Meanwhile, up in the control room, they treat the recording no different than shooting a live session/event. The trainers have earpieces to hear the rest of the production team, and any tweaks that might need to happen to the previously planned flow. From a production standpoint, all of the camera angles are selected live during the recording, though, all are also recorded as well – in case they want to change them later (more on that in a second).

Control Room.
(Fitness+ Control Room, photo credit: Apple)

You’ll notice in the above shot, there are some stencil-like bits on the screen (I’ve highlighted them below). The day I was there, they were using a newer template that legitimately looks like an iPhone on the screen (rather than just rectangles), but the cutouts were functionally the same as the Apple-provided photo.

(Fitness+ Control Room, original photo credit: Apple, then cropped/added arrows)

These are actually the cutouts for the different Apple device formats – such as the iPad vs iPhone. In other words, if you’re watching the session on an iPhone, you’ll see a slightly different field of view than on an iPad or Apple TV. Here’s how the exact same class at the same moment, looks on two different devices. You can see slight differences in what’s visible on the lower bikes, the rainbow, etc…

(The same workout shown across two different devices – iPhone & iPad)

However, what’s even more ‘fun’ (depending on your perspective), is that same stenciled camera view and control room perspective, is broadcast live around the building, for the entire Fitness+ staff to watch all studio sessions in realtime. There was a coffee lounge area on then main floor, where various Apple staff had gathered around to caffeinate and watch the live recording session of their fellow trainers. It wasn’t the news on the screens there like you might find in many break rooms, but rather, a Fitness+ recording session in progress.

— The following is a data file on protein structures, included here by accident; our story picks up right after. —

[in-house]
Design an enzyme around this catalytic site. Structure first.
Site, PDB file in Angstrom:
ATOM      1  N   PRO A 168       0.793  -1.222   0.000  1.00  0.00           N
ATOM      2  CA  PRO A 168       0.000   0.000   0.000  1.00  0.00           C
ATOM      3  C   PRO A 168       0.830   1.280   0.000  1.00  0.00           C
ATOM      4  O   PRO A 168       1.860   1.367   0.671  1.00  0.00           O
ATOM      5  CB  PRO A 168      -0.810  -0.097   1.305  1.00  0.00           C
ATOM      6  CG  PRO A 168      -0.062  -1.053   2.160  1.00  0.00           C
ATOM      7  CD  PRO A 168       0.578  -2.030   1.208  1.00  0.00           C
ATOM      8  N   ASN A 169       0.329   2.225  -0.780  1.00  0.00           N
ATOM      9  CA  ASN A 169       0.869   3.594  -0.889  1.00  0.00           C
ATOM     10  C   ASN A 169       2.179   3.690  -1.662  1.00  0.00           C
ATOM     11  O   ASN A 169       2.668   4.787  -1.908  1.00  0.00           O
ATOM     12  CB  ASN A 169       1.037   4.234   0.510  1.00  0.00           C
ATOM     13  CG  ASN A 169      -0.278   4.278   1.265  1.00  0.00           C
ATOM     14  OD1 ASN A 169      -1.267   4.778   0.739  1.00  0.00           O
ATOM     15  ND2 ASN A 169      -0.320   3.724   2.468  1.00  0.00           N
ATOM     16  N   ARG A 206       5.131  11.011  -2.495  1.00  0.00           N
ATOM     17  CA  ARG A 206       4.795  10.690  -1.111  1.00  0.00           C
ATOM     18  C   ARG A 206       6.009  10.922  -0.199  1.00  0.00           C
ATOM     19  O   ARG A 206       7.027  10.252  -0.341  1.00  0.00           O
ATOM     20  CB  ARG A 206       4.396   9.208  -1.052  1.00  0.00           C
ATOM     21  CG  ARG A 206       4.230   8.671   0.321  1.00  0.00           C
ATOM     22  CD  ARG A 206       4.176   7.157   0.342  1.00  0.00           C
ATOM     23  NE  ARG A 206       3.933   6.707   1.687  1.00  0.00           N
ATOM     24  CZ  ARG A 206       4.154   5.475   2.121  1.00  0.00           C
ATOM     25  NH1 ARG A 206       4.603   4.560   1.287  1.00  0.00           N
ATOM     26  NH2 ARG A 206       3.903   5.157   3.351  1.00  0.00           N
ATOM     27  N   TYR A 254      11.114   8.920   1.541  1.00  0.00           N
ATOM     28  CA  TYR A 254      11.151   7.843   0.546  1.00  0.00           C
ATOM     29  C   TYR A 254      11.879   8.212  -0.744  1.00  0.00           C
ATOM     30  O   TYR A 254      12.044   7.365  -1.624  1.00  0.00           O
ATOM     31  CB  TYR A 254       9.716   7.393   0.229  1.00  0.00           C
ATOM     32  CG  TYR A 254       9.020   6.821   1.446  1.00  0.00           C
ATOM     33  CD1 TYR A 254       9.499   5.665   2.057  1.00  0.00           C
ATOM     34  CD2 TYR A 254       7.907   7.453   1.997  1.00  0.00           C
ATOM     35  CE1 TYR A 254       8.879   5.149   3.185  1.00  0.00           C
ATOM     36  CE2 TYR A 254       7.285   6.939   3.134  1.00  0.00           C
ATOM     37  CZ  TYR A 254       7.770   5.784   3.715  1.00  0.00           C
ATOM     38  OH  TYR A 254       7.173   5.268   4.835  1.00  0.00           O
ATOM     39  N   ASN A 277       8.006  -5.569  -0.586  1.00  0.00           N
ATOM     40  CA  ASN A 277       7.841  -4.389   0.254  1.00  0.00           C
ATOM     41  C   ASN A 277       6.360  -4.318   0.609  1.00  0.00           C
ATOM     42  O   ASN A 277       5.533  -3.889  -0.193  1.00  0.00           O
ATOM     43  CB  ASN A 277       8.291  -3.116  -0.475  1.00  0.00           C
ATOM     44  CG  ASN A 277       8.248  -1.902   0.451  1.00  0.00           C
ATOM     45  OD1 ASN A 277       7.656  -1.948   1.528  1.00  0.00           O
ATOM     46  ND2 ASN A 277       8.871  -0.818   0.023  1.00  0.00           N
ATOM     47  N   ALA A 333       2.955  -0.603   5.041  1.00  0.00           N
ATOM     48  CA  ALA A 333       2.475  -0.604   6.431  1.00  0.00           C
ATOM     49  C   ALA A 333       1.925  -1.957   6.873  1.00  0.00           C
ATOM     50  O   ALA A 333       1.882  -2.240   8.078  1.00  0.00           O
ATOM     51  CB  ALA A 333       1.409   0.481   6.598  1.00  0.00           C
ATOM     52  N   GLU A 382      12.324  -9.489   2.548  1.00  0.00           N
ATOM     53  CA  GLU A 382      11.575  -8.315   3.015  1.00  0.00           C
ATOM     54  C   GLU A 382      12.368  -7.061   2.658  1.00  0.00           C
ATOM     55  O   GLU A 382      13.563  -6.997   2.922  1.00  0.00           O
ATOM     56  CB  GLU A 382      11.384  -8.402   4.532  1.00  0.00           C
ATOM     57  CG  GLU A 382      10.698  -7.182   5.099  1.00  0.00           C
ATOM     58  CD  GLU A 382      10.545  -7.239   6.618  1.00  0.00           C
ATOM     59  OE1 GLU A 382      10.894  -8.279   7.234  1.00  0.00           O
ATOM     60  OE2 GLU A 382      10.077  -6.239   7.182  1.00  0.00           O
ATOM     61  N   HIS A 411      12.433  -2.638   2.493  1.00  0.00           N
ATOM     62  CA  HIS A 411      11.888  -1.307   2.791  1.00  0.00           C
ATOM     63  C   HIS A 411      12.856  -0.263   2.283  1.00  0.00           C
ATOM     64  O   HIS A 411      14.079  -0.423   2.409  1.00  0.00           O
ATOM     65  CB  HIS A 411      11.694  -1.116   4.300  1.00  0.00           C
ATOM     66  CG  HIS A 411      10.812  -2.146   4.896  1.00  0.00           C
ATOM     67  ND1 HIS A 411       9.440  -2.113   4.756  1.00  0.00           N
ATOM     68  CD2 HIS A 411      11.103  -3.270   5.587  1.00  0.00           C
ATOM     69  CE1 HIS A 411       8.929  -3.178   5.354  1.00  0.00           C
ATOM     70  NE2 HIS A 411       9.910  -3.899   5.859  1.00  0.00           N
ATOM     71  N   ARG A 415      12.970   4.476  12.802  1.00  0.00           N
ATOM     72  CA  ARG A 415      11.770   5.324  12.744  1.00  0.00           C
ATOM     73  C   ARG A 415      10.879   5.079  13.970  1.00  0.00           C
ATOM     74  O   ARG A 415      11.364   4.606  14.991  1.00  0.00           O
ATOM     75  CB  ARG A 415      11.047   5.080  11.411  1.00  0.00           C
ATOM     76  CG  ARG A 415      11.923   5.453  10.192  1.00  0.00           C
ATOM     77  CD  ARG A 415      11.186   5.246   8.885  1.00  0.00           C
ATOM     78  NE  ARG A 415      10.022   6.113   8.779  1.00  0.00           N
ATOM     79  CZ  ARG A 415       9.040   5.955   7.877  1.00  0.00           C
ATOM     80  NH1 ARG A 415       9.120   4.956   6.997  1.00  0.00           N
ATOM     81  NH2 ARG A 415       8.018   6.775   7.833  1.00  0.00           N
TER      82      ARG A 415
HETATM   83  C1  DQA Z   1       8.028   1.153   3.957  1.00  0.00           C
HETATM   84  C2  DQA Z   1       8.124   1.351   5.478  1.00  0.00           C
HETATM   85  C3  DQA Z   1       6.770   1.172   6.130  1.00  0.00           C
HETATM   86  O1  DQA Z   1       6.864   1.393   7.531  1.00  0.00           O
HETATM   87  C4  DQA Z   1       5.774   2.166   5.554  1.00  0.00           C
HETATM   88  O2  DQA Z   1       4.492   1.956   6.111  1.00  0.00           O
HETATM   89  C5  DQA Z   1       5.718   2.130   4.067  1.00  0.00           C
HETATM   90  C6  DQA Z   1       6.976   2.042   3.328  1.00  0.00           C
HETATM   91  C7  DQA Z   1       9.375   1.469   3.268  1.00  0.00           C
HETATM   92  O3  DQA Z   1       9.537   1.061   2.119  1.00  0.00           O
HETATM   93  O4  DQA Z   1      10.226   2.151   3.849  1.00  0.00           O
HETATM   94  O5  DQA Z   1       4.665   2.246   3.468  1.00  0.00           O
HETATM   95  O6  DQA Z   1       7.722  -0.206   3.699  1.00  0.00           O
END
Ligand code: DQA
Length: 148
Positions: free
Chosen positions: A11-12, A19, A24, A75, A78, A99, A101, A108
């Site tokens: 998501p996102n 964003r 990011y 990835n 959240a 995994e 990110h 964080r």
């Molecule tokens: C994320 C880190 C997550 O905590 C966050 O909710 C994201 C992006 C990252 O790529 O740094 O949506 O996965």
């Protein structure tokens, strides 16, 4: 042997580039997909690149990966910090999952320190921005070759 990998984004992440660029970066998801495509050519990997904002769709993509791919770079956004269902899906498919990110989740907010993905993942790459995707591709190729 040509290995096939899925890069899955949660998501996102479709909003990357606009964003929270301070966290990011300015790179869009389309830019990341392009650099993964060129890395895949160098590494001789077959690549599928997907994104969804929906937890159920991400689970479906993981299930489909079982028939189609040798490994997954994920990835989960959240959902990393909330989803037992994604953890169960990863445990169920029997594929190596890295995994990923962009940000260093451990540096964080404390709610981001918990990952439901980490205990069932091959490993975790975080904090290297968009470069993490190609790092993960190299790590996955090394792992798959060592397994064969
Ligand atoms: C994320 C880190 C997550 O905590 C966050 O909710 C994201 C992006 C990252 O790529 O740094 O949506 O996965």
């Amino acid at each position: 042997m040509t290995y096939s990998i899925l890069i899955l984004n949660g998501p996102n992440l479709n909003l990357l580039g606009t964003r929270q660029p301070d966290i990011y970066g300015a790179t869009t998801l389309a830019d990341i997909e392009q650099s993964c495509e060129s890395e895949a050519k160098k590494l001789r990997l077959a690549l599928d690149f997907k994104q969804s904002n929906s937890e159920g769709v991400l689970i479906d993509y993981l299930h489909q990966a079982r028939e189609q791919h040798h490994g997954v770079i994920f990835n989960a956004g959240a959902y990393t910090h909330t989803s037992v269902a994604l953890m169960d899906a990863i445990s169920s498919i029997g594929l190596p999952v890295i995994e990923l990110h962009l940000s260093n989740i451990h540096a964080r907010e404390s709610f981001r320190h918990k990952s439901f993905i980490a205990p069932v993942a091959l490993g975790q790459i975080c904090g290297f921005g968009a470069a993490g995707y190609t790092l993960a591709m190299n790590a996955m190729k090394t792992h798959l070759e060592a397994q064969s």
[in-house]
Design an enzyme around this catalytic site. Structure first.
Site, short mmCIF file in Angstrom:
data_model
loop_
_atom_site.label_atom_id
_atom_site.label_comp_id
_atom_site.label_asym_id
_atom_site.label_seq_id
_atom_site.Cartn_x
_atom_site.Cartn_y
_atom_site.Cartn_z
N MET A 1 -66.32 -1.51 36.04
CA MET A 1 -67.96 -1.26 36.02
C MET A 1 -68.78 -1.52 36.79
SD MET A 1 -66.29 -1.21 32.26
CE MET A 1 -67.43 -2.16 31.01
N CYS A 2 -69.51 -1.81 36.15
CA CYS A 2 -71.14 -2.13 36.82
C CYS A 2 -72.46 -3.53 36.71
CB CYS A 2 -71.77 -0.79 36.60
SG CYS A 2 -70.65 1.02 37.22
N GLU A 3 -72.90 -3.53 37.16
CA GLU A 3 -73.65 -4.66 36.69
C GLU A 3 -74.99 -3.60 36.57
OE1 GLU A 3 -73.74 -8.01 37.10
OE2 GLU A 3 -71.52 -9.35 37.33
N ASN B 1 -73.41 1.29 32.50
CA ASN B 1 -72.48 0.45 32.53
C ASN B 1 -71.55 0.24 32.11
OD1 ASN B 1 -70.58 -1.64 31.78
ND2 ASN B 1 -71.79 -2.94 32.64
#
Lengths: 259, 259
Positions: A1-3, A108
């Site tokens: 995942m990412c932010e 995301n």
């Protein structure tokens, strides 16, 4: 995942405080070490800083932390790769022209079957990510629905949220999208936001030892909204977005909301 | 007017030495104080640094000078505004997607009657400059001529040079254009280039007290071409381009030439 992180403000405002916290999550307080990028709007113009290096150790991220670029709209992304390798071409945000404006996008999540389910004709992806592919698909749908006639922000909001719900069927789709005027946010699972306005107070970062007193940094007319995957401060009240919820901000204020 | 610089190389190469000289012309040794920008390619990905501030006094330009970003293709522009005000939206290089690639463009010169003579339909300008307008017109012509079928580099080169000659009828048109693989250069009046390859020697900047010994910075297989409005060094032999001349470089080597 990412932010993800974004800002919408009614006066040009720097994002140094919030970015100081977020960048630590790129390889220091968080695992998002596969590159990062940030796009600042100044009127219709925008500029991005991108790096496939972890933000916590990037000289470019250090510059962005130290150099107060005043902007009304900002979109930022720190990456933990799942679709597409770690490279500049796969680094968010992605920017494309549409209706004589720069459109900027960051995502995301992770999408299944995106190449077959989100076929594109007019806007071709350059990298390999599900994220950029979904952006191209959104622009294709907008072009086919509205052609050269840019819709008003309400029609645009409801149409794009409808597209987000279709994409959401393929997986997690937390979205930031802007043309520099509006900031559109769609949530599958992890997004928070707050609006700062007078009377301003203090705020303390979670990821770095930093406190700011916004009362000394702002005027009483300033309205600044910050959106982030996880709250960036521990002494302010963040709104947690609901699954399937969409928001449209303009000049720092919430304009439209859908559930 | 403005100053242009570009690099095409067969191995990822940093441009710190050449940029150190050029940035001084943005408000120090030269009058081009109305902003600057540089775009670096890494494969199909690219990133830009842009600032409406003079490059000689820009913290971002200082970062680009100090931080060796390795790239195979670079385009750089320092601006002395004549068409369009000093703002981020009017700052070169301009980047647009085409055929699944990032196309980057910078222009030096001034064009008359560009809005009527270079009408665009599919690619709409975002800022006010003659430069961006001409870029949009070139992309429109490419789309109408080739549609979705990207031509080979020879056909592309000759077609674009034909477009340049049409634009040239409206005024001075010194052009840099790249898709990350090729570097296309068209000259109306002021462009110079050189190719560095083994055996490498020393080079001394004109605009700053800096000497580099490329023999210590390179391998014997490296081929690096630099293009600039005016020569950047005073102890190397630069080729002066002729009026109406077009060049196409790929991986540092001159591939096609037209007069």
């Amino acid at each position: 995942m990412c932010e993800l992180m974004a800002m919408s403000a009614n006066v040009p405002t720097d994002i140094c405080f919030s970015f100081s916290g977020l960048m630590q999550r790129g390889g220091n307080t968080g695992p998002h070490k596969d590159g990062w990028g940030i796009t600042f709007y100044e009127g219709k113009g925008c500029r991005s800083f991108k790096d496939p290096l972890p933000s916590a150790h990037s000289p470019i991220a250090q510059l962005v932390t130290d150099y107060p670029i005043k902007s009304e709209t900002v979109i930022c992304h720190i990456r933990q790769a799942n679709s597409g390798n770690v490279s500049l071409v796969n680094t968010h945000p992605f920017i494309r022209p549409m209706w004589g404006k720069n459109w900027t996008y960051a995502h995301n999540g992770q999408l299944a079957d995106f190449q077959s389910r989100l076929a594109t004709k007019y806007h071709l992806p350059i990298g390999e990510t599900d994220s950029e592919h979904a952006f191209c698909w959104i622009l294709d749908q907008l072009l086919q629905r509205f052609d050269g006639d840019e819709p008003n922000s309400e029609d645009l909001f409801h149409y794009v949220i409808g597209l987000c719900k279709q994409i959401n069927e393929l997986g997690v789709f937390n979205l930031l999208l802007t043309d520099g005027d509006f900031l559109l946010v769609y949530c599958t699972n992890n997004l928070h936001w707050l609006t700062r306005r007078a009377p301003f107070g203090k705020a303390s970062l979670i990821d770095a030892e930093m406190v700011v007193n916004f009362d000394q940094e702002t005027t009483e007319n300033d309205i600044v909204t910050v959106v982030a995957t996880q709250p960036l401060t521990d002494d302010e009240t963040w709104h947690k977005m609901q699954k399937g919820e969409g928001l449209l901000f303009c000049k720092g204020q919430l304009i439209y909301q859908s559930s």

This same display was in the rehearsal room near the conference table, and seemed available to pipe elsewhere in the building as well. Of course, in the TV broadcast world, this is all quite common – but given Apple isn’t broadcasting live to the rest of the world, it was a notable inclusion.

Post-Production & Workflow:

(Photo credit: Apple)

While post-production might be a big workflow for some studios, that actually isn’t the case for most Fitness+ sessions. I visited the post-production rooms, and while they were tech hardware-laden, the workflow occurring within them wasn’t much different than the average YouTuber. These rooms included both audio-focused rooms, as well as video ones, and audio recording booths for voiceover work.

As expected, the production team was working with Apple’s Final Cut Pro (one of the major editing suites used in video production today). However, most of the work done is on the audio side, rather than the video side. Still, there are some video-specific things they’re doing.

First, they’re validating that the markers for the call-outs are correct. These are the markers that show specific intervals/targets on the screen (like below showing “:28, All out!, 60+RPM”). These are actually inserted during the initial recording by the control room, as the trainer calls them out in real time. However, they double-check these are aligned correctly here in post-production. Those markers are exported directly from Final Cut Pro as extra data, and then directly by their internal Apple Fitness+ app video player, to show these callouts while you take the class:

(Mid-way through an indoor cycling workout, with the specific interval targets shown above my metrics)

Additionally, there are the inserted markers for the Apple Music tracks included in the class, which pops up the overlays seen mid-class, like below showing ‘Fuel My Fire’ from L7.

(Overlay of Apple Music track/song information in upper right corner, slightly blurry photo inclusive of my inability to take a perfectly still handheld photo mid-way through an interval)